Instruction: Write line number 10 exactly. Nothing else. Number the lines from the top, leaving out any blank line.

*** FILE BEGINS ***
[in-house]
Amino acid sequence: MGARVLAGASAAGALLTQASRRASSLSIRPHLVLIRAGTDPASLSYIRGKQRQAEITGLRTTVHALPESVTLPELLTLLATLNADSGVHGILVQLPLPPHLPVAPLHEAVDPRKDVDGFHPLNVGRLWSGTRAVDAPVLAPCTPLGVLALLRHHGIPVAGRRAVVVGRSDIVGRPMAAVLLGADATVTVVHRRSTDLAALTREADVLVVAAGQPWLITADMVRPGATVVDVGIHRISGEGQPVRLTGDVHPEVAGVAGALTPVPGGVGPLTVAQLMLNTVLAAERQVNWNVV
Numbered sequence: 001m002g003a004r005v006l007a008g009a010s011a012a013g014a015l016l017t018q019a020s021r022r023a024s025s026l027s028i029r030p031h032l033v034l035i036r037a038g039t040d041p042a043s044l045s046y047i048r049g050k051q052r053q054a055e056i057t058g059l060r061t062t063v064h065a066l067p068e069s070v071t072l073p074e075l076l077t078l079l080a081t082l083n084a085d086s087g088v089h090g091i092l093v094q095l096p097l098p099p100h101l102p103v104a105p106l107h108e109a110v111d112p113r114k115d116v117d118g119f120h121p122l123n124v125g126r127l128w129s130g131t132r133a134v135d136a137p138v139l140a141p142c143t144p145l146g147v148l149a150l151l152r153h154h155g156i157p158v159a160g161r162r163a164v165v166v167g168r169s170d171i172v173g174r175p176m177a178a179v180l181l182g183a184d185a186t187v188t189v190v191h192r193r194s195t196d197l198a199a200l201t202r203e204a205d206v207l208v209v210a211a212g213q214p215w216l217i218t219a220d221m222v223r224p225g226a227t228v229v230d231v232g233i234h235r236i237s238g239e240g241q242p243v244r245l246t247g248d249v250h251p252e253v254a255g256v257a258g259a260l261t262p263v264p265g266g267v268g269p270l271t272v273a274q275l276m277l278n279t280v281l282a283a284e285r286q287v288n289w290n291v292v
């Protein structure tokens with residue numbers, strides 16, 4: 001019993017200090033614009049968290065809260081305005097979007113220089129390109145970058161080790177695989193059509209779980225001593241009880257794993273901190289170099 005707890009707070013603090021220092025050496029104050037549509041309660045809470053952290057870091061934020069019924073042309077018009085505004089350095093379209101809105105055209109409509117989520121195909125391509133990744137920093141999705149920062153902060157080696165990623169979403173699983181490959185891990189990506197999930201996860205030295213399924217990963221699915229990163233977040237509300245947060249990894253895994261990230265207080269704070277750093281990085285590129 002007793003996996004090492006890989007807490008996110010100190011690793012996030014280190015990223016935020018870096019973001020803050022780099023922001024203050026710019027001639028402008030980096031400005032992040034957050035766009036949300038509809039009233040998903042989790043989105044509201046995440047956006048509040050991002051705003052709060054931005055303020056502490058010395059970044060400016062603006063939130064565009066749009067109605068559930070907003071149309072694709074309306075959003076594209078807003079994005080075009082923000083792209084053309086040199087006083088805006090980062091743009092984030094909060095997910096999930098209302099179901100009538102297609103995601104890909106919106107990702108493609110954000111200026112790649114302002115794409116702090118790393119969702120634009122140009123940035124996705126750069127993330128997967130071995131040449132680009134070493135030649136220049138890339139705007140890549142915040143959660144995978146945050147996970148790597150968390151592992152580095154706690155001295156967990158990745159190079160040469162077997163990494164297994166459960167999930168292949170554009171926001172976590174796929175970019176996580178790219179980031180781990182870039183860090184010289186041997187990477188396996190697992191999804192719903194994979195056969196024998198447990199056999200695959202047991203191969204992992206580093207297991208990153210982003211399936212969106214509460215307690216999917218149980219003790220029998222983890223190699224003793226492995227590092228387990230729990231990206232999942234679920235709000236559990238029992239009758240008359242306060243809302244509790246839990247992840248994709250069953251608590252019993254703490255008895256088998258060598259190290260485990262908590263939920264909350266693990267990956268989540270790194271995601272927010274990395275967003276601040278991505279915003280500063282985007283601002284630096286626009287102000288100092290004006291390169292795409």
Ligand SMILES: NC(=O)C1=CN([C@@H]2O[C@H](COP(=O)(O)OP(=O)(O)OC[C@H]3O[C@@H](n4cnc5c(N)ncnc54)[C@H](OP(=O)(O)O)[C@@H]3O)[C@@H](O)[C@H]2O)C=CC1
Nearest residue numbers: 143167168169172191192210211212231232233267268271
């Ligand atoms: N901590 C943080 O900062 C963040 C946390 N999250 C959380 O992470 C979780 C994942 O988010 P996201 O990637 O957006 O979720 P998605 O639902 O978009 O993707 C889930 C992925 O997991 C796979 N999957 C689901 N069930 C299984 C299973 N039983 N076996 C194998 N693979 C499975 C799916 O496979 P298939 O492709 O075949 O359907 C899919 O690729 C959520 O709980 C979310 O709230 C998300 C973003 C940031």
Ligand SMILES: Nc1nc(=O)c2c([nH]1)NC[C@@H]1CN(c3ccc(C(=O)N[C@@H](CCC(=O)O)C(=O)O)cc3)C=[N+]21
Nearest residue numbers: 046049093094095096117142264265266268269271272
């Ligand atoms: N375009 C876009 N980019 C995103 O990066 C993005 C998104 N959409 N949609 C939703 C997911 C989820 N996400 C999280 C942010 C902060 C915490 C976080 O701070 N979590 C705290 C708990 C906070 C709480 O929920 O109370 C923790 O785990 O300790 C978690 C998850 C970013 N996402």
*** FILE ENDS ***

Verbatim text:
């Ligand atoms: N375009 C876009 N980019 C995103 O990066 C993005 C998104 N959409 N949609 C939703 C997911 C989820 N996400 C999280 C942010 C902060 C915490 C976080 O701070 N979590 C705290 C708990 C906070 C709480 O929920 O109370 C923790 O785990 O300790 C978690 C998850 C970013 N996402």